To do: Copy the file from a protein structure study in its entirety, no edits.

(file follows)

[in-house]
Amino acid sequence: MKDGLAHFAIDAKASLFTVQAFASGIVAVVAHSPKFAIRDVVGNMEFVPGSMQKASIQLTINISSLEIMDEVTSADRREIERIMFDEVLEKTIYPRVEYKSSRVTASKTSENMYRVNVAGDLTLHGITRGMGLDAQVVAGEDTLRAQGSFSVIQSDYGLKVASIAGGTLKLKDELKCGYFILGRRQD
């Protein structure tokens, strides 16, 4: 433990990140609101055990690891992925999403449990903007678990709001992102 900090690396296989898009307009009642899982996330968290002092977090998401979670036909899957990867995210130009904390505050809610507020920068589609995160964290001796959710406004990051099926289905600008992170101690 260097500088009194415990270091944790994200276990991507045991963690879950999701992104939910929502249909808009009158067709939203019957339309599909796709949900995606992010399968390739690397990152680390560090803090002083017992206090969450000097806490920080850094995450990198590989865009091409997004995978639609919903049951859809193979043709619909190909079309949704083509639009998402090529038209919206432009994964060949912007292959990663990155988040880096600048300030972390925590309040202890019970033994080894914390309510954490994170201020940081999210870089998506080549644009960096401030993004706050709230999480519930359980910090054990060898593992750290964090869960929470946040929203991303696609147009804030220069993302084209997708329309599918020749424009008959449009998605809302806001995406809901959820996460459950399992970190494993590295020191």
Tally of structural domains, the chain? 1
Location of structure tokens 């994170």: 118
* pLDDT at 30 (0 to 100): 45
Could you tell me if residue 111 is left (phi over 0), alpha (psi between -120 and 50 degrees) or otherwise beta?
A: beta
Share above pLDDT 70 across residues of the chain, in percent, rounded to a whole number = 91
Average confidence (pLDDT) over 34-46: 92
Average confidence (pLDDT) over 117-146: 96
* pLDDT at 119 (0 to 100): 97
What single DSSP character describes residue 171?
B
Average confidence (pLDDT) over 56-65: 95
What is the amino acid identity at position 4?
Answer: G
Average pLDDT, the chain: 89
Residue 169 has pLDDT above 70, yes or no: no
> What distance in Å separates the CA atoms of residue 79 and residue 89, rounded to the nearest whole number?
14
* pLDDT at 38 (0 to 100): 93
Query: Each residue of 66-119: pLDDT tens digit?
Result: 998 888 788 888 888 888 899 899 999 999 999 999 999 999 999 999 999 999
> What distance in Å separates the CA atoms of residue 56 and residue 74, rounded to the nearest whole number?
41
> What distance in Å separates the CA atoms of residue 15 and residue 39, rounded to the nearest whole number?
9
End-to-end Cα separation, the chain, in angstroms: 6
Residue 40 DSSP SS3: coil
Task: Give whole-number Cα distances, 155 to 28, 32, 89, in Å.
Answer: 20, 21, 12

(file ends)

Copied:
[in-house]
Amino acid sequence: MKDGLAHFAIDAKASLFTVQAFASGIVAVVAHSPKFAIRDVVGNMEFVPGSMQKASIQLTINISSLEIMDEVTSADRREIERIMFDEVLEKTIYPRVEYKSSRVTASKTSENMYRVNVAGDLTLHGITRGMGLDAQVVAGEDTLRAQGSFSVIQSDYGLKVASIAGGTLKLKDELKCGYFILGRRQD
């Protein structure tokens, strides 16, 4: 433990990140609101055990690891992925999403449990903007678990709001992102 900090690396296989898009307009009642899982996330968290002092977090998401979670036909899957990867995210130009904390505050809610507020920068589609995160964290001796959710406004990051099926289905600008992170101690 260097500088009194415990270091944790994200276990991507045991963690879950999701992104939910929502249909808009009158067709939203019957339309599909796709949900995606992010399968390739690397990152680390560090803090002083017992206090969450000097806490920080850094995450990198590989865009091409997004995978639609919903049951859809193979043709619909190909079309949704083509639009998402090529038209919206432009994964060949912007292959990663990155988040880096600048300030972390925590309040202890019970033994080894914390309510954490994170201020940081999210870089998506080549644009960096401030993004706050709230999480519930359980910090054990060898593992750290964090869960929470946040929203991303696609147009804030220069993302084209997708329309599918020749424009008959449009998605809302806001995406809901959820996460459950399992970190494993590295020191």
Tally of structural domains, the chain? 1
Location of structure tokens 């994170």: 118
* pLDDT at 30 (0 to 100): 45
Could you tell me if residue 111 is left (phi over 0), alpha (psi between -120 and 50 degrees) or otherwise beta?
A: beta
Share above pLDDT 70 across residues of the chain, in percent, rounded to a whole number = 91
Average confidence (pLDDT) over 34-46: 92
Average confidence (pLDDT) over 117-146: 96
* pLDDT at 119 (0 to 100): 97
What single DSSP character describes residue 171?
B
Average confidence (pLDDT) over 56-65: 95
What is the amino acid identity at position 4?
Answer: G
Average pLDDT, the chain: 89
Residue 169 has pLDDT above 70, yes or no: no
> What distance in Å separates the CA atoms of residue 79 and residue 89, rounded to the nearest whole number?
14
* pLDDT at 38 (0 to 100): 93
Query: Each residue of 66-119: pLDDT tens digit?
Result: 998 888 788 888 888 888 899 899 999 999 999 999 999 999 999 999 999 999
> What distance in Å separates the CA atoms of residue 56 and residue 74, rounded to the nearest whole number?
41
> What distance in Å separates the CA atoms of residue 15 and residue 39, rounded to the nearest whole number?
9
End-to-end Cα separation, the chain, in angstroms: 6
Residue 40 DSSP SS3: coil
Task: Give whole-number Cα distances, 155 to 28, 32, 89, in Å.
Answer: 20, 21, 12